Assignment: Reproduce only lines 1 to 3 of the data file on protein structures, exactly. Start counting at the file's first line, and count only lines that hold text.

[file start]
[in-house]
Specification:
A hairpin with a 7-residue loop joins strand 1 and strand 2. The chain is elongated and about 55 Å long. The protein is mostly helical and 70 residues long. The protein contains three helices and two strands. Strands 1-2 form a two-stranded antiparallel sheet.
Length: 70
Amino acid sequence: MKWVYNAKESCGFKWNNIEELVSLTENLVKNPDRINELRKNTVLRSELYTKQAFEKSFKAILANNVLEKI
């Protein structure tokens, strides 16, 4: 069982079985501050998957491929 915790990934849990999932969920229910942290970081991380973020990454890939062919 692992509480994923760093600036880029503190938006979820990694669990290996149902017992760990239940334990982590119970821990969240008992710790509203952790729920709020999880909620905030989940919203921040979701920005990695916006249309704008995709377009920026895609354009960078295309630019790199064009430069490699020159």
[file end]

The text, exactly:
[in-house]
Specification:
A hairpin with a 7-residue loop joins strand 1 and strand 2. The chain is elongated and about 55 Å long. The protein is mostly helical and 70 residues long. The protein contains three helices and two strands. Strands 1-2 form a two-stranded antiparallel sheet.